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Vending Machine

I’ll never forget the day Scott Stratten changed my mind about Facebook. Forever.

He was speaking at a conference and said to the audience, “You’ve been living rent-free on Facebook’s land and now it’s time to pay the rent.”

Scott was referring to the infamous decision by Facebook to decrease the organic reach of fan pages while simultaneously boosting its advertising platform.

In other words, Facebook is now pay-to-play.

While this isn’t categorically true, Facebook has admitted they are purposefully limiting how many fans see your content. If you want more than 10-12 percent of your fan base to see your stuff, you’ll likely need to pay to reach them.

On the surface, one might initially react as I did. Sort of like Lucy yanking the football away from Charlie Brown just as he’s about to kick. “Hey! What’s the big idea?!”

But when I stopped and thought about what Scott said, it made perfect sense to me. Here I was, bemoaning a capitalist endeavor for being, well, capitalist. Here I was whining and complaining about a business leveraging its assets to make a profit, when I was trying to do the same thing myself.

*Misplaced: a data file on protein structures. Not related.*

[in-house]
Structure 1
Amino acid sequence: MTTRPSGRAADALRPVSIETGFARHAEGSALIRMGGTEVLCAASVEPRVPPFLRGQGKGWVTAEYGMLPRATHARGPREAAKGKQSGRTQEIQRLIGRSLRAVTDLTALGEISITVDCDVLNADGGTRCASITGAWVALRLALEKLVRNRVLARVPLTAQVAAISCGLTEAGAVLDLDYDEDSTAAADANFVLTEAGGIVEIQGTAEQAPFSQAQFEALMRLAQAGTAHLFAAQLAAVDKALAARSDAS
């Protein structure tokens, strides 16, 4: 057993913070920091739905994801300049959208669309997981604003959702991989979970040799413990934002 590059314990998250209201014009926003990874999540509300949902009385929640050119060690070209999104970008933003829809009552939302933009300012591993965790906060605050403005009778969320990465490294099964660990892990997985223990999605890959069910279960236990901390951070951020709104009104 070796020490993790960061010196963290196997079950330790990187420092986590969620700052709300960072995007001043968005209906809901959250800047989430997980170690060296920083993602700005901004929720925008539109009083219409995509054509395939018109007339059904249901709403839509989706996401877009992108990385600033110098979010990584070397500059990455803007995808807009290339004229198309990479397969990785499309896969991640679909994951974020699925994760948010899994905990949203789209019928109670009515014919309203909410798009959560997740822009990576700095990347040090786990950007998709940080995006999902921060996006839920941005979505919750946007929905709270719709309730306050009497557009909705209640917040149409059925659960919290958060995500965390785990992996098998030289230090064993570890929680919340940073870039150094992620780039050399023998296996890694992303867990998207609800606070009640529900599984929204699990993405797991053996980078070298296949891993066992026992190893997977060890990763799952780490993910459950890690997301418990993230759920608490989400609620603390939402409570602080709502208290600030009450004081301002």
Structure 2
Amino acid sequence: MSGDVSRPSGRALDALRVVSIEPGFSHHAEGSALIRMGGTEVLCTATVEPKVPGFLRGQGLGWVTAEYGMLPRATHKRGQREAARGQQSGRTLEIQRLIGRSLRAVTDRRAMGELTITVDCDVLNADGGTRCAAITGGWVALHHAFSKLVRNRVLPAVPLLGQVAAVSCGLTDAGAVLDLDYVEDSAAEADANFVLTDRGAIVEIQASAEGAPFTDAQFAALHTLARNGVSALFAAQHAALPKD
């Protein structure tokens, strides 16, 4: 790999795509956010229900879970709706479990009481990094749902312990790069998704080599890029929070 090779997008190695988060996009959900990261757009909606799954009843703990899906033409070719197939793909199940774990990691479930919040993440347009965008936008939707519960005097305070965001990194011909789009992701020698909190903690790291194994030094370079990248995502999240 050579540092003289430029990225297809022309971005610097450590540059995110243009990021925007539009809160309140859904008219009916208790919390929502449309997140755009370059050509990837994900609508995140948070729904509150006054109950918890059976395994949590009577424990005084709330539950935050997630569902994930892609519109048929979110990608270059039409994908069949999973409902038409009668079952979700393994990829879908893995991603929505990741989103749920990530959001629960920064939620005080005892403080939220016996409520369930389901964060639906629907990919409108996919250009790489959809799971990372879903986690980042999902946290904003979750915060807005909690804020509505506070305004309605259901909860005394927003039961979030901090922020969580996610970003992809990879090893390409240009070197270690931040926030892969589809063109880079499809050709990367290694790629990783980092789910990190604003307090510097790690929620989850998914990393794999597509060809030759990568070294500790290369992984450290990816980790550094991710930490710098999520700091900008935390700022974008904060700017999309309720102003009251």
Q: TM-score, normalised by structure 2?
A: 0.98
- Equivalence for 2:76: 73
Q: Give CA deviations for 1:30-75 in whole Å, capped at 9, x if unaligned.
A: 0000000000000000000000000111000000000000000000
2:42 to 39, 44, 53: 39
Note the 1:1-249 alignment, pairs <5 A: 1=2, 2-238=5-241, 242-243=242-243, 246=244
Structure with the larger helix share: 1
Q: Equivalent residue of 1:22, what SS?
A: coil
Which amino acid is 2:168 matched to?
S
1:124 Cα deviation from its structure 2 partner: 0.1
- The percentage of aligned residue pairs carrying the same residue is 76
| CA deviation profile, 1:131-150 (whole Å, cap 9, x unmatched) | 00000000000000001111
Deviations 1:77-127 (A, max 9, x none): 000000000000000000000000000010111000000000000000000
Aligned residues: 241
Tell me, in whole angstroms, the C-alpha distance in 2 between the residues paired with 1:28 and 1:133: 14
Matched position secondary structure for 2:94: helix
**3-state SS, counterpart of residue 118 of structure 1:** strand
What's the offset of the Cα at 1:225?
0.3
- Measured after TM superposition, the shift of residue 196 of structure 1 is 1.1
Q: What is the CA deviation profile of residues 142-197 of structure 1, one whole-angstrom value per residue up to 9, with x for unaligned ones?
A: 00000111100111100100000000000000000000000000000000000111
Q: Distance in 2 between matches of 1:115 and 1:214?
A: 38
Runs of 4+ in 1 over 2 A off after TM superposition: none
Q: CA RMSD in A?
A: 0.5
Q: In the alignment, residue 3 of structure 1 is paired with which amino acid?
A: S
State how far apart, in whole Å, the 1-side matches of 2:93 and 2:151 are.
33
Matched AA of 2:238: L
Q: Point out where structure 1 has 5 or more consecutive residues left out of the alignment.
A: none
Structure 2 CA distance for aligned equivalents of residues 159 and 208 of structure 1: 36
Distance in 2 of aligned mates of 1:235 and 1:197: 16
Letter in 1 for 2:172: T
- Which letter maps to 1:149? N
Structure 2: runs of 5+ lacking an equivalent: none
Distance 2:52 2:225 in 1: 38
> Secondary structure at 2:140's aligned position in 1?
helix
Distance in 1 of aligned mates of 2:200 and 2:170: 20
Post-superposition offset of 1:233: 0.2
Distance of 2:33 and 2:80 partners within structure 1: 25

Facebook has a product people want. They have every right to charge people for their product.

It reminds me when I was in high school, working at a grocery store as a bagger. At one point, we had a magical vending machine in the break room. If you hit a certain key combination, you could get anything you wanted from the machine for free.

Then, one day, the combo suddenly stopped working. I don’t know if someone caught it and fixed it or if it was just a glitch in the Matrix. Either way, the gravy train stopped. If we wanted the goods, we had to pay.

Facebook has been a free vending machine for so many of us. Now it’s time to pay the .75 cents for our Snickers and stop whining.